Skip to content

Press Conference: The Cast and Crew of ‘Raya and The Last Dragon’ Celebrate Representation

Disney’s Raya and the Last Dragon is out and we had the chance to attend a press conference to learn from the cast their experiences with making this film and what they’re excited for audiences to experience. They dive into their process into recording their parts, what the representation in this movie means to them, and what they connected to most with the vibrant characters and themes that Disney has created. Joining the panel at the press conference that was moderated by Jeannie Mai included screenwriters Qui Nguyen and Adele Lim, producer Osnat Shurer, directors Carlos López Estrada and Don Hall, and the delightful cast of Thalia Tran (Little Noi), Izaac Wang (Boun), Benedict Wong (Tong), Sandra Oh (Virana), Daniel Dae Kim (Chief Benja), Gemma Chan (Namaari), Awkwafina (Sisu), and Kelly Marie Tran (Raya).

Daniel Dae Kim and Kelly Marie Tran spoke about their experiences in recording their lines remotely.

Kim: It was amazing actually being able to record from home, because, living in Hawaii, any time I try and travel to go shoot something, it’s at least five hours and sometimes eleven by plane. So, to be able to walk downstairs in my T-shirt and shorts was pretty great. Although, I will have to say, it wasn’t without hiccups. […] And as I was uploading my packet, I realized that I had recorded none of that past hour. So this is what happens when you leave the recording and the technical stuff to the actors.

K. Tran: Honestly, I feel like all the credit has to go to the story team, the editing team, and all of the incredible team behind the movie because all of the actors, at least in my experience, were all isolated, and we were recording by ourselves. To have seen the movie now totally finished and to see all the chemistry that these incredible characters have, I think that says a lot about the expertise of Disney animation and the incredible talent working behind this movie, and also about the cast obviously.

Director Carlos López Estrada addressed how special and how fitting this cast is to the characters they each portray.

Estrada: We’ve been talking about this in our other interviews, and the connection that all of the actors have with the material and with their characters has been so special. We’ve had teary conversations with all of you about the characters and what the story meant to you. And you don’t get to see that very often. We have a group of people that really believe in this movie and what it represents, and I think that just moved us and every single person working on the movie.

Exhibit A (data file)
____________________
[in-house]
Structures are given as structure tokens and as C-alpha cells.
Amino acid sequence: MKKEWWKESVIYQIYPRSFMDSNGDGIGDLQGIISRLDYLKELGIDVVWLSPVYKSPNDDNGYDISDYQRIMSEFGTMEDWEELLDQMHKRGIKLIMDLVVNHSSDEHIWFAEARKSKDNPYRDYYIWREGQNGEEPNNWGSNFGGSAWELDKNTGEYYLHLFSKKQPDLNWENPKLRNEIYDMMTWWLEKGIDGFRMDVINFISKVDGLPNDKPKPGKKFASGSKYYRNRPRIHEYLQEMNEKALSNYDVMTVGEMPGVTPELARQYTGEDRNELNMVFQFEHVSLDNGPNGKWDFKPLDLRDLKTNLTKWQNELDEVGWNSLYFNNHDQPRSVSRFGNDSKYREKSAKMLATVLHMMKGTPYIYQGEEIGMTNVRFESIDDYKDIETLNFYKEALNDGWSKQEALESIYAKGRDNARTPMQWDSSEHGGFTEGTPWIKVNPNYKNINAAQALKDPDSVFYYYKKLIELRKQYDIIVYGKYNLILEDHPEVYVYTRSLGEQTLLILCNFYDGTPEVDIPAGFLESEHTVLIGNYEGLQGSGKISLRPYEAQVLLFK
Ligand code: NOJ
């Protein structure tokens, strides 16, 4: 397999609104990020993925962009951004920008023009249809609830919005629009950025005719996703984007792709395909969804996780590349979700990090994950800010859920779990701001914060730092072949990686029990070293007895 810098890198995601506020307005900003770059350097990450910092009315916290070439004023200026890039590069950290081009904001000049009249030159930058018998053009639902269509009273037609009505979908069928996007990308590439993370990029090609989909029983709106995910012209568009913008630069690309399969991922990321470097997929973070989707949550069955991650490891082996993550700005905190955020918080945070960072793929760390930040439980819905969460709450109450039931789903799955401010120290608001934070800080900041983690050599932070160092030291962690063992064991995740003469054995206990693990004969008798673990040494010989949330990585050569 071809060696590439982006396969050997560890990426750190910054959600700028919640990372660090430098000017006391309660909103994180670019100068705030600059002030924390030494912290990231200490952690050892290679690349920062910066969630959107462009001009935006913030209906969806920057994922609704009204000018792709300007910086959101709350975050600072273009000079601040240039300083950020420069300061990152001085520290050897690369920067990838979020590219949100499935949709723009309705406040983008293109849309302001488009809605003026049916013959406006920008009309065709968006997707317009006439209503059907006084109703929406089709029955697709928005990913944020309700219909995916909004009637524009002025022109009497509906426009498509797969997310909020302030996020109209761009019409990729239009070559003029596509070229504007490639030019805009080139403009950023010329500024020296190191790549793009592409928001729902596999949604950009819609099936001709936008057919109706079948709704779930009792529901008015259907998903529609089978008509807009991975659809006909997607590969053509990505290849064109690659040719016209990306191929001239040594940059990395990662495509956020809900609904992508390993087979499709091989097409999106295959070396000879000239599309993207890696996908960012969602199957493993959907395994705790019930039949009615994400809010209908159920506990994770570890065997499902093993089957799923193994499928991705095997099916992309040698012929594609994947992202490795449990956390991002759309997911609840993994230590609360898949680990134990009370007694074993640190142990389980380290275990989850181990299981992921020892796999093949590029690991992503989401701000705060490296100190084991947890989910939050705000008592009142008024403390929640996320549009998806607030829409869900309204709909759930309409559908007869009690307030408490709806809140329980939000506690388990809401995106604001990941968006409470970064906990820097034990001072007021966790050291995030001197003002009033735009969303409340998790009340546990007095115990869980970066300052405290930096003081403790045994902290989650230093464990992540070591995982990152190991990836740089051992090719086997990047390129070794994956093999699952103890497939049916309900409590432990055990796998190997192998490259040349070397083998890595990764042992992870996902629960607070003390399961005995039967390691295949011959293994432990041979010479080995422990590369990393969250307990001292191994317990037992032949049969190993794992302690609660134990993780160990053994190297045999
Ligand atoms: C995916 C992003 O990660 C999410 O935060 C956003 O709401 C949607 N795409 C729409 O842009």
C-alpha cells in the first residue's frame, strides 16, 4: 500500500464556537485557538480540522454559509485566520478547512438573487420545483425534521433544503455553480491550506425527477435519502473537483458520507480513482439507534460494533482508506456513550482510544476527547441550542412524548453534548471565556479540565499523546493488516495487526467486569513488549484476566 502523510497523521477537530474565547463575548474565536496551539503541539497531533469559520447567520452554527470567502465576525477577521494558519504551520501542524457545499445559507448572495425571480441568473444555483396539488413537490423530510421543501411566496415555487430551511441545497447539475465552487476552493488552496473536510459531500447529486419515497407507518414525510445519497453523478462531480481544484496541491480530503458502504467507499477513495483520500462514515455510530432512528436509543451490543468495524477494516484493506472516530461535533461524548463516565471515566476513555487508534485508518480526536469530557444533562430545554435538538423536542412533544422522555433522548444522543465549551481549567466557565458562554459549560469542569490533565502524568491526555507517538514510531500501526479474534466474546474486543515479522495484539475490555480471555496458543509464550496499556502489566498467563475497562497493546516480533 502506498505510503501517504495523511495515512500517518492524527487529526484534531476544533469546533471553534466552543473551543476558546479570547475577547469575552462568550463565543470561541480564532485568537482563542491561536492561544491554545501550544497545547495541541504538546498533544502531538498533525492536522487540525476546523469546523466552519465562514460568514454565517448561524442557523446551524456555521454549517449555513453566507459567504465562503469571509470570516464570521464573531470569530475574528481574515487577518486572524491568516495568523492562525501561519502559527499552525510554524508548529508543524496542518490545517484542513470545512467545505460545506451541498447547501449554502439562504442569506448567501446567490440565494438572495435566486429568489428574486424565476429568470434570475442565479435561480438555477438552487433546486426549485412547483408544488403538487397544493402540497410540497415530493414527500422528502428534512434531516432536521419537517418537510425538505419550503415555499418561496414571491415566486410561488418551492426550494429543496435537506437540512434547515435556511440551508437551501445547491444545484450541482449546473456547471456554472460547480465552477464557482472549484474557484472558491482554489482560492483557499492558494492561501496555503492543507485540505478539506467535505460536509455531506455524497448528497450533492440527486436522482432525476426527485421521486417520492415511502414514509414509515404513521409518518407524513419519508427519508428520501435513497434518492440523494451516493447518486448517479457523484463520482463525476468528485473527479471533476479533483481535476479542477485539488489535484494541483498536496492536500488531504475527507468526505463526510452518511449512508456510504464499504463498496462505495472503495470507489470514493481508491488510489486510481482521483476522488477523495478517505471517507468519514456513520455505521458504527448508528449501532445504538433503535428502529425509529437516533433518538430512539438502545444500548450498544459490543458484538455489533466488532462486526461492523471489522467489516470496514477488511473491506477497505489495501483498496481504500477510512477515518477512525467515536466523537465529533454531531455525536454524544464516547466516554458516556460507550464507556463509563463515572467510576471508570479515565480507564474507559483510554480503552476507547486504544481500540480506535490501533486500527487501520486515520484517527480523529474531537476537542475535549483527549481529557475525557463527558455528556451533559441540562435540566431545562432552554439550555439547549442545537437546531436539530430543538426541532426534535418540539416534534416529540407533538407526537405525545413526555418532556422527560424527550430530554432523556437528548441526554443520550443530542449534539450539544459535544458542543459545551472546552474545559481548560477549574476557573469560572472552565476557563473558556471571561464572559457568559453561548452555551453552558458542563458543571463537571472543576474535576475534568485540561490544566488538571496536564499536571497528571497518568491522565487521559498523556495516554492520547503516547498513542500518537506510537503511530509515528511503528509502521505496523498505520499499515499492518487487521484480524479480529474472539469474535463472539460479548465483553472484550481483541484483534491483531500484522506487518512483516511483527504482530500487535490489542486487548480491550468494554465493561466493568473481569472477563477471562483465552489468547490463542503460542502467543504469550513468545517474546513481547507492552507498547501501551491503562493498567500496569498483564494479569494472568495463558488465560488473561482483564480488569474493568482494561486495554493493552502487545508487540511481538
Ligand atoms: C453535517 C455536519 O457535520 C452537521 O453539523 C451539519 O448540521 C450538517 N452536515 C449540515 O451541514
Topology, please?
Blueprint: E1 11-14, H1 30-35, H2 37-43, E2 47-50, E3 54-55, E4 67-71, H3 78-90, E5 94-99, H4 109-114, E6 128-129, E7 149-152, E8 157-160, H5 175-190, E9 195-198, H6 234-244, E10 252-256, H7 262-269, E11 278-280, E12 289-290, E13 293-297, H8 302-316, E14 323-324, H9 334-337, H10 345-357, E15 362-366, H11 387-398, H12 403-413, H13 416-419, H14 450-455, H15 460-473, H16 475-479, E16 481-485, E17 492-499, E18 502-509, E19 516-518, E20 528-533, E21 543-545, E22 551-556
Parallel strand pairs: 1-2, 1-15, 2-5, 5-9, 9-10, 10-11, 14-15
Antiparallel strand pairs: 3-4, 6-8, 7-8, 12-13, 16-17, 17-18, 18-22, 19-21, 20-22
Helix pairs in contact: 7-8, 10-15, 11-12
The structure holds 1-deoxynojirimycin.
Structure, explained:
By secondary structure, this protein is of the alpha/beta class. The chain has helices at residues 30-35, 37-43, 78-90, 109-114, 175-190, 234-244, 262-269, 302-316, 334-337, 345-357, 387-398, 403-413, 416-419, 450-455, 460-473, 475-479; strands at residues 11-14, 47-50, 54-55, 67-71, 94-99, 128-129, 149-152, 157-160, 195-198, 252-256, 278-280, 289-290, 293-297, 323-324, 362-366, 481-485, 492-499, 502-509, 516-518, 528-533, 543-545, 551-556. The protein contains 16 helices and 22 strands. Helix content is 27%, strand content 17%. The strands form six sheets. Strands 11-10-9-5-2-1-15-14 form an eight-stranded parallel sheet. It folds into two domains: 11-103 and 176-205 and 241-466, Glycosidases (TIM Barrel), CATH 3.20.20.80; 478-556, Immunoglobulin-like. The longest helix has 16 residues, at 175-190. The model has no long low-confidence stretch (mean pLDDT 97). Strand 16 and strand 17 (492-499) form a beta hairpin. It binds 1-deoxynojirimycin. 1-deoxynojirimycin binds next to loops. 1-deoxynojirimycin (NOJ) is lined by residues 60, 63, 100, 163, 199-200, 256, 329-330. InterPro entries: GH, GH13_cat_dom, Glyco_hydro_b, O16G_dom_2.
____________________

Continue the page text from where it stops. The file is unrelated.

(Courtesy of Walt Disney Studios)

Young actors Izaac Wang and Thalia Tran touch upon what this movie means to them and to a young generation experiencing a movie with Southeast Asian representation. Wang also dressed for the occasion in a pah bieng to celebrate.

Wang: This is a pah bieng. It’s a ceremonial Lao traditional accessory that people usually wear to ceremonies and temples. […] And it’s pretty crazy to think that the 450 people who worked on this movie stuffed a bunch of different cultures to this single movie. It’s amazing to see all the things that are included in this movie, including the food and some of the weapons that you see, for example the Kali sticks that I saw, which really stood out to me. And there’s a bunch of other different things that I can’t even name because I don’t even know the name of them because I’ve been centered around a couple cultures my whole life, and just to see all these different cultures is really amazing to me.

T. Tran: [Playing] Noi is definitely nothing like I’ve ever done before because she obviously doesn’t use English words. She speaks in her own language, but that connection she has with her gang of Ongis and even with the relationship she develops with Tong and Raya and Boun and the whole gang, that sense of [camaraderie] and that strength within, that group of people and that sense of family is definitely something that I related to personally. And I know growing up in a Vietnamese family that family always, always comes first, from the traditions to just everyday life. Family is just such a huge part of it, especially now in quarantine with my family all the time, but it’s just something that definitely clicked with me. […] And for her to be so young […] to have to kind of raise herself with the Ongis and that sense of strength that she has to develop, I think that’s something that’s also very common in Southeast Asian families.

(Courtesy of Walt Disney Studios)

Writers Adele Lim and Qui Nguyen explained how they synthesized Southeast Asian representation into the movie.

Lim: I think it’s important to say that Kumandra is an entirely fantasy universe. It’s just the central inspiration is Southeast Asia. And rather than the simpler task of having one Southeast Asian country being reflected in one Kumandran land, to Disney’s credit, they really, really went deeper to find the underlying inspirations and core and threads that ran through so many of the communities. And the wonderful thing is what we all found, first of all, in all Southeast Asian countries and cultures there’s such a strong spirit of community. If you look at even one country, like the country I grew up in, Malaysia, there are so many races, cultures, religions. So many ways for us to view each other as the enemy or view each other as the other. But when you truly look at what makes our culture amazing and sings, whether it’s our arts or our food, the best street food in the world, it is because of all these different elements really coming together and creating something transcendent. So the filmmakers getting to that and wanting to tell the story of a divided world and seeing both sides of that aspect used all those inspirations to be able to tell the greater arc of the story. […] So hopefully, even if you know nothing about Southeast Asia that you’re really able to feel that love and that attention at every layer of our film.